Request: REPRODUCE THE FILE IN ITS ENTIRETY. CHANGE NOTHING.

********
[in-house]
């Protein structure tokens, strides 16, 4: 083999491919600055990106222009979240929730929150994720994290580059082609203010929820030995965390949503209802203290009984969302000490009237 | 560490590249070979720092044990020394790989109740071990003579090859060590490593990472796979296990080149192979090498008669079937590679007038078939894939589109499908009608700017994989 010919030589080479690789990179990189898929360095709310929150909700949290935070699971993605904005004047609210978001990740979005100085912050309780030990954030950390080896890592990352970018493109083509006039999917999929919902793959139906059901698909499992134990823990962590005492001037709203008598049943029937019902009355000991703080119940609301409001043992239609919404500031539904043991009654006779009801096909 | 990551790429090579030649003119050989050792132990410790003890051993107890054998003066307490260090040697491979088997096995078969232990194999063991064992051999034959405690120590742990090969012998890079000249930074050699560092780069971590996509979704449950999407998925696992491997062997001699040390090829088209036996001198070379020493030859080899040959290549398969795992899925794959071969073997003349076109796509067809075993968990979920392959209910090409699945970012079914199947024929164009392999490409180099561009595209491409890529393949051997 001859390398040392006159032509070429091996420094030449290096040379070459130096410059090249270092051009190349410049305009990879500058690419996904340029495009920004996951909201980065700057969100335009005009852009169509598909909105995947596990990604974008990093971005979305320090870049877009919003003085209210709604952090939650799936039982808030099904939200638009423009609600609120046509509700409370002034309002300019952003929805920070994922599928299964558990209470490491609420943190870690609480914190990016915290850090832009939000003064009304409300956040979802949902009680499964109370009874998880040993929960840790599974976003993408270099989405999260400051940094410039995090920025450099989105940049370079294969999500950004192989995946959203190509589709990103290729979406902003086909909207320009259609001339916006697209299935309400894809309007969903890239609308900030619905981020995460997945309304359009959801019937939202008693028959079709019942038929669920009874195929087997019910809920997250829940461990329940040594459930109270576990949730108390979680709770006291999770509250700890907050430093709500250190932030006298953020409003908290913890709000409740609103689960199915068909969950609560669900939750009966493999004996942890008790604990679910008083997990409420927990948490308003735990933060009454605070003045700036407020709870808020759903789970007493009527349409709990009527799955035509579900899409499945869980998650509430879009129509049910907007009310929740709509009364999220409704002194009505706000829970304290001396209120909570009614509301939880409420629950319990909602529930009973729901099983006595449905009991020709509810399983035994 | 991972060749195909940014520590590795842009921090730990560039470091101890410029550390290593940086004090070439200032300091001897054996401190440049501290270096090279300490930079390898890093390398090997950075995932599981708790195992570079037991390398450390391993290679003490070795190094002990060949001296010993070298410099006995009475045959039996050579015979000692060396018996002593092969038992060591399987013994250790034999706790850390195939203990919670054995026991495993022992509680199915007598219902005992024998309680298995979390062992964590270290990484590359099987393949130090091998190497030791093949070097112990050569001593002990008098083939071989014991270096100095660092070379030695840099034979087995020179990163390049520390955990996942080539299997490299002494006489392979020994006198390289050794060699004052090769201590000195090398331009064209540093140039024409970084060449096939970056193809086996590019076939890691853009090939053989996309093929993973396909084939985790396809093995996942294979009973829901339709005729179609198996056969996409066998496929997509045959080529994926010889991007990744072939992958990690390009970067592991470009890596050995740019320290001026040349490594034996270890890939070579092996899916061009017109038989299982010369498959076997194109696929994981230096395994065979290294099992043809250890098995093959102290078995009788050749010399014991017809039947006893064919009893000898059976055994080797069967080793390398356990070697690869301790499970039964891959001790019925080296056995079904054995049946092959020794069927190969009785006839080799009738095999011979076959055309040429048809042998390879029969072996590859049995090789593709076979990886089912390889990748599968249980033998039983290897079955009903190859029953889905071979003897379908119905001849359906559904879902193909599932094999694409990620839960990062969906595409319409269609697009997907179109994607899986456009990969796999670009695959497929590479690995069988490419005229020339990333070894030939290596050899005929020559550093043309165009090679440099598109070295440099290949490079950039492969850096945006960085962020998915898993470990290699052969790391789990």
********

[in-house]
């Protein structure tokens, strides 16, 4: 083999491919600055990106222009979240929730929150994720994290580059082609203010929820030995965390949503209802203290009984969302000490009237 | 560490590249070979720092044990020394790989109740071990003579090859060590490593990472796979296990080149192979090498008669079937590679007038078939894939589109499908009608700017994989 010919030589080479690789990179990189898929360095709310929150909700949290935070699971993605904005004047609210978001990740979005100085912050309780030990954030950390080896890592990352970018493109083509006039999917999929919902793959139906059901698909499992134990823990962590005492001037709203008598049943029937019902009355000991703080119940609301409001043992239609919404500031539904043991009654006779009801096909 | 990551790429090579030649003119050989050792132990410790003890051993107890054998003066307490260090040697491979088997096995078969232990194999063991064992051999034959405690120590742990090969012998890079000249930074050699560092780069971590996509979704449950999407998925696992491997062997001699040390090829088209036996001198070379020493030859080899040959290549398969795992899925794959071969073997003349076109796509067809075993968990979920392959209910090409699945970012079914199947024929164009392999490409180099561009595209491409890529393949051997 001859390398040392006159032509070429091996420094030449290096040379070459130096410059090249270092051009190349410049305009990879500058690419996904340029495009920004996951909201980065700057969100335009005009852009169509598909909105995947596990990604974008990093971005979305320090870049877009919003003085209210709604952090939650799936039982808030099904939200638009423009609600609120046509509700409370002034309002300019952003929805920070994922599928299964558990209470490491609420943190870690609480914190990016915290850090832009939000003064009304409300956040979802949902009680499964109370009874998880040993929960840790599974976003993408270099989405999260400051940094410039995090920025450099989105940049370079294969999500950004192989995946959203190509589709990103290729979406902003086909909207320009259609001339916006697209299935309400894809309007969903890239609308900030619905981020995460997945309304359009959801019937939202008693028959079709019942038929669920009874195929087997019910809920997250829940461990329940040594459930109270576990949730108390979680709770006291999770509250700890907050430093709500250190932030006298953020409003908290913890709000409740609103689960199915068909969950609560669900939750009966493999004996942890008790604990679910008083997990409420927990948490308003735990933060009454605070003045700036407020709870808020759903789970007493009527349409709990009527799955035509579900899409499945869980998650509430879009129509049910907007009310929740709509009364999220409704002194009505706000829970304290001396209120909570009614509301939880409420629950319990909602529930009973729901099983006595449905009991020709509810399983035994 | 991972060749195909940014520590590795842009921090730990560039470091101890410029550390290593940086004090070439200032300091001897054996401190440049501290270096090279300490930079390898890093390398090997950075995932599981708790195992570079037991390398450390391993290679003490070795190094002990060949001296010993070298410099006995009475045959039996050579015979000692060396018996002593092969038992060591399987013994250790034999706790850390195939203990919670054995026991495993022992509680199915007598219902005992024998309680298995979390062992964590270290990484590359099987393949130090091998190497030791093949070097112990050569001593002990008098083939071989014991270096100095660092070379030695840099034979087995020179990163390049520390955990996942080539299997490299002494006489392979020994006198390289050794060699004052090769201590000195090398331009064209540093140039024409970084060449096939970056193809086996590019076939890691853009090939053989996309093929993973396909084939985790396809093995996942294979009973829901339709005729179609198996056969996409066998496929997509045959080529994926010889991007990744072939992958990690390009970067592991470009890596050995740019320290001026040349490594034996270890890939070579092996899916061009017109038989299982010369498959076997194109696929994981230096395994065979290294099992043809250890098995093959102290078995009788050749010399014991017809039947006893064919009893000898059976055994080797069967080793390398356990070697690869301790499970039964891959001790019925080296056995079904054995049946092959020794069927190969009785006839080799009738095999011979076959055309040429048809042998390879029969072996590859049995090789593709076979990886089912390889990748599968249980033998039983290897079955009903190859029953889905071979003897379908119905001849359906559904879902193909599932094999694409990620839960990062969906595409319409269609697009997907179109994607899986456009990969796999670009695959497929590479690995069988490419005229020339990333070894030939290596050899005929020559550093043309165009090679440099598109070295440099290949490079950039492969850096945006960085962020998915898993470990290699052969790391789990």